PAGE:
tion.3
Within Americansociety, says Mills,majornationalpower"nowresidesintheeconomic, political andmilitarydomains."The wayto understand hepowerof theAmerican lite liesneitherolelyinrecognizing
thehistorical scaleofevents,nor inacceptingthepersonalawarenessreportedbymen ofap-parentdecision.Behind such men andbehindtheeventsofhistory,linkingthetwo,arethemajorinstitutions ofmodernsociety.Thesehierarchiesofstateandcorporationandarmyconstitute the means ofpower:assuch,theyare nowofaconsequencenotbeforeequalledin humanhistory-andat theirsummits,thereare nowthose commandpostsof modem soci-etywhichoffer us thesociologicalkeytoanunderstandingoftherole of thehighercirclesinAmerica [p.5].Thispower, tobepower,apparentlymeanscontrol over theinstitutionsofpower:By thepowerful, wemean,ofcourse,thosewhoare able torealize theirwill, evenifothersresist it.Noone,accordingly, canbetrulypowerful unless hehas access tothe commandofmajorinstitutions, for itisovertheseinsti-tutionalmeans ofpower thatthetruly power-fulare,inthe firstinstance,powerful[p.9].Itisshared byonly a fewpersons:Bythepowerelite,werefertothosepoliticalandeconomic andmilitarycircleswhich asanintricatesetofoverlappingcliquessharede-cisionshavingatleastnationalconsequences.Inisofarasnationaleventsaredecided, thepower elite arethose who decide them[p. 18].Butthesepeoplearenot the"historymakers"ofthe time. The"powerelite"isnot,Millssays(p.20), atheoryofhistory.Historyis acomplexnetofintendedandunintendeddecisions.Theideaofthe powereliteimpliesnothingabout theprocessofdecision-making assuch:itis anattempt todelimit socialareaswithinwhich thatprocess,whiatevertscharacter,goeson.Itisaconceptionofwhoisinvolved intheprocess[p. 21].Butdecisionsaremade:Inourtime thepivotalmomentdoesarise,and atthatmoment smallcirclesdodecide orfail todecide.Ineithercase,theyare aneliteofpower.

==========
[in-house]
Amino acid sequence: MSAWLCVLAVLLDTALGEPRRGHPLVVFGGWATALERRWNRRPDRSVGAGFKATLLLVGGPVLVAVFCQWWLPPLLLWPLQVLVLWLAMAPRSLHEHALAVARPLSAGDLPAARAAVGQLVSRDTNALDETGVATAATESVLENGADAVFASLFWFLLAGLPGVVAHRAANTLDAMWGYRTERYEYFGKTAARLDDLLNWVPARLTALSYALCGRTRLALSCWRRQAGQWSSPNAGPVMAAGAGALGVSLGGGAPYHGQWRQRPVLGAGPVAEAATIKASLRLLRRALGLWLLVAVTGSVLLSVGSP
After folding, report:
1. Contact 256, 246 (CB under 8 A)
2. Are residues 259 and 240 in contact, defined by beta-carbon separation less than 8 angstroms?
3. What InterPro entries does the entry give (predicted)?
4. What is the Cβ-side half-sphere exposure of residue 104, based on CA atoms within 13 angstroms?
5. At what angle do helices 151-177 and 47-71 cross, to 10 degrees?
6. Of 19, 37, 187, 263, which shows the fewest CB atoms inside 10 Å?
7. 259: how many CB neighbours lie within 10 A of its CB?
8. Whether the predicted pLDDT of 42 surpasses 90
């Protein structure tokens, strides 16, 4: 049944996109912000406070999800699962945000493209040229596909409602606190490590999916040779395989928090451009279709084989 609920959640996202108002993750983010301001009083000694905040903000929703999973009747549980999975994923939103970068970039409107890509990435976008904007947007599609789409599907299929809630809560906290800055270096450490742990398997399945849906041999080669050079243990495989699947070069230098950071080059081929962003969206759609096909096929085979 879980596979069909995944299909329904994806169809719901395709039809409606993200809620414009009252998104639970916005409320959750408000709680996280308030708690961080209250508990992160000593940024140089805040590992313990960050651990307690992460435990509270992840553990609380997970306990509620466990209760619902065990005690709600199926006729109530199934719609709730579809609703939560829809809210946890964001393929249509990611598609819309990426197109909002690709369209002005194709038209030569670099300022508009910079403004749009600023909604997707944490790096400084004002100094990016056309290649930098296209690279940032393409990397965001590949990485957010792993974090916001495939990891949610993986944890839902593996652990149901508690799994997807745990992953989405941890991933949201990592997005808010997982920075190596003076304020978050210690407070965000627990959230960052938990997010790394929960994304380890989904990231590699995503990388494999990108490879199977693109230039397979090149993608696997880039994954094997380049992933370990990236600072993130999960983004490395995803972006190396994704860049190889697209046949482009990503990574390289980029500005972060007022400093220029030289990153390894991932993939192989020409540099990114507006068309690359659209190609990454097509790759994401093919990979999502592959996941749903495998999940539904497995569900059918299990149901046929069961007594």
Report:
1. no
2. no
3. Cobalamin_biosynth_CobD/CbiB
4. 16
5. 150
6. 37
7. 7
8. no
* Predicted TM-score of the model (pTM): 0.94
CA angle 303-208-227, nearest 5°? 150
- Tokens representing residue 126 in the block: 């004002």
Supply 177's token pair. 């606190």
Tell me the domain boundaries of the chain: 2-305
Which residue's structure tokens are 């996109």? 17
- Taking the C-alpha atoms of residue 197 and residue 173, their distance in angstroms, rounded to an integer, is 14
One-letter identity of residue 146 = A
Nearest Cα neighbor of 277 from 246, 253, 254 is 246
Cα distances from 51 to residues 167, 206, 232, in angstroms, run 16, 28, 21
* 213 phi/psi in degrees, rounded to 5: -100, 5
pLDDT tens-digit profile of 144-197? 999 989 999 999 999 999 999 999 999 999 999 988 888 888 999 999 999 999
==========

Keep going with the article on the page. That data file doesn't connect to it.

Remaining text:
.
. [p.22].Does the elitethenmakehistory?Some-times itisrole-determined,sometimesrole-determining(pp.24-25).But
2Myownmasters,inthisrespect,areDewey andMarx:Dewey,forhisinsistence onbeginningnotwith structurebut withproblems;withtheques-tion ofwhy somethingis calledintoquestion; whythings areinchange andwhatpeople did; Marx,for theinterplayofideologyandpower;fortheemphasisonhistory, on crises astransforming mo-ments, on politics as anactivity rooted inconcreteinterests andplayed outin determinablestrategies.'Allitalics,unless otherwiseindicated, are mine.Theyare intended tounderlinekeystatements. Allcitations are from C.Wright Mills, ThePowerElite (NewYork:OxfordUniversityPress, 1956).